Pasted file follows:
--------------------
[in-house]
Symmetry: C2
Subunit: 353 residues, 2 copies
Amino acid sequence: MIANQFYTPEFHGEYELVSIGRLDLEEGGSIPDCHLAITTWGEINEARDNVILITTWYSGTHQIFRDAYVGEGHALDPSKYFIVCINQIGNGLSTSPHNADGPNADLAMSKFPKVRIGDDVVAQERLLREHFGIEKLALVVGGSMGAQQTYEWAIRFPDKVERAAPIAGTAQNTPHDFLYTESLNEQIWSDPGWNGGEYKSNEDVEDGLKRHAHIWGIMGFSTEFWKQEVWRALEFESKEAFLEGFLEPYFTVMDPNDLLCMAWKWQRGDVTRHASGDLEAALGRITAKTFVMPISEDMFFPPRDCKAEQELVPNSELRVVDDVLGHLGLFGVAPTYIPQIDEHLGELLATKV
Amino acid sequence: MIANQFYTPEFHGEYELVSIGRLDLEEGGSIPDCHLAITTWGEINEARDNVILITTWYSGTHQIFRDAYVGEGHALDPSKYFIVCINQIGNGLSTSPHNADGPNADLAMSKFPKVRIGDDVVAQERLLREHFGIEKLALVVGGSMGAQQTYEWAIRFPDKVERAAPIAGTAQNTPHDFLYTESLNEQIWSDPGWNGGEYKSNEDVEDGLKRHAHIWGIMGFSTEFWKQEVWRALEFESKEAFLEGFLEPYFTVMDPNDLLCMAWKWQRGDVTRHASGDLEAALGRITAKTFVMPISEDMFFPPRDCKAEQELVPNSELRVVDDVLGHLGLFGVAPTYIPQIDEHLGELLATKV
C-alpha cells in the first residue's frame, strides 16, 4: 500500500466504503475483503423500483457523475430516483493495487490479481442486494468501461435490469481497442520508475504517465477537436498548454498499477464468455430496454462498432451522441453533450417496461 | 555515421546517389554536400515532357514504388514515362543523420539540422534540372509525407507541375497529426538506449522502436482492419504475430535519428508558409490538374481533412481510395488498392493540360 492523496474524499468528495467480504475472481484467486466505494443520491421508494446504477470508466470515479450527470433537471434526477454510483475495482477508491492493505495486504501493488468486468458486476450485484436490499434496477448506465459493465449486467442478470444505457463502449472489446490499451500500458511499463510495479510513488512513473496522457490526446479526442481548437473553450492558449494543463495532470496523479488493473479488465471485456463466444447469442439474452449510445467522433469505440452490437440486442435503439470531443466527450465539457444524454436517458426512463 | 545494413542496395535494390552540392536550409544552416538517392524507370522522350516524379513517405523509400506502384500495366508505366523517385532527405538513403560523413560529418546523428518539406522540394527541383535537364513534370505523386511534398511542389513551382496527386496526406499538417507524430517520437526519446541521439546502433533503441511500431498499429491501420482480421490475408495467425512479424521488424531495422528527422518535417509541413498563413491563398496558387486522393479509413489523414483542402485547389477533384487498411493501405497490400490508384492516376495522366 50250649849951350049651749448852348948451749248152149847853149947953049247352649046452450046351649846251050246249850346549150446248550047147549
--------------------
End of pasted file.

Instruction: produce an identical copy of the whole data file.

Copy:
[in-house]
Symmetry: C2
Subunit: 353 residues, 2 copies
Amino acid sequence: MIANQFYTPEFHGEYELVSIGRLDLEEGGSIPDCHLAITTWGEINEARDNVILITTWYSGTHQIFRDAYVGEGHALDPSKYFIVCINQIGNGLSTSPHNADGPNADLAMSKFPKVRIGDDVVAQERLLREHFGIEKLALVVGGSMGAQQTYEWAIRFPDKVERAAPIAGTAQNTPHDFLYTESLNEQIWSDPGWNGGEYKSNEDVEDGLKRHAHIWGIMGFSTEFWKQEVWRALEFESKEAFLEGFLEPYFTVMDPNDLLCMAWKWQRGDVTRHASGDLEAALGRITAKTFVMPISEDMFFPPRDCKAEQELVPNSELRVVDDVLGHLGLFGVAPTYIPQIDEHLGELLATKV
Amino acid sequence: MIANQFYTPEFHGEYELVSIGRLDLEEGGSIPDCHLAITTWGEINEARDNVILITTWYSGTHQIFRDAYVGEGHALDPSKYFIVCINQIGNGLSTSPHNADGPNADLAMSKFPKVRIGDDVVAQERLLREHFGIEKLALVVGGSMGAQQTYEWAIRFPDKVERAAPIAGTAQNTPHDFLYTESLNEQIWSDPGWNGGEYKSNEDVEDGLKRHAHIWGIMGFSTEFWKQEVWRALEFESKEAFLEGFLEPYFTVMDPNDLLCMAWKWQRGDVTRHASGDLEAALGRITAKTFVMPISEDMFFPPRDCKAEQELVPNSELRVVDDVLGHLGLFGVAPTYIPQIDEHLGELLATKV
C-alpha cells in the first residue's frame, strides 16, 4: 500500500466504503475483503423500483457523475430516483493495487490479481442486494468501461435490469481497442520508475504517465477537436498548454498499477464468455430496454462498432451522441453533450417496461 | 555515421546517389554536400515532357514504388514515362543523420539540422534540372509525407507541375497529426538506449522502436482492419504475430535519428508558409490538374481533412481510395488498392493540360 492523496474524499468528495467480504475472481484467486466505494443520491421508494446504477470508466470515479450527470433537471434526477454510483475495482477508491492493505495486504501493488468486468458486476450485484436490499434496477448506465459493465449486467442478470444505457463502449472489446490499451500500458511499463510495479510513488512513473496522457490526446479526442481548437473553450492558449494543463495532470496523479488493473479488465471485456463466444447469442439474452449510445467522433469505440452490437440486442435503439470531443466527450465539457444524454436517458426512463 | 545494413542496395535494390552540392536550409544552416538517392524507370522522350516524379513517405523509400506502384500495366508505366523517385532527405538513403560523413560529418546523428518539406522540394527541383535537364513534370505523386511534398511542389513551382496527386496526406499538417507524430517520437526519446541521439546502433533503441511500431498499429491501420482480421490475408495467425512479424521488424531495422528527422518535417509541413498563413491563398496558387486522393479509413489523414483542402485547389477533384487498411493501405497490400490508384492516376495522366 50250649849951350049651749448852348948451749248152149847853149947953049247352649046452450046351649846251050246249850346549150446248550047147549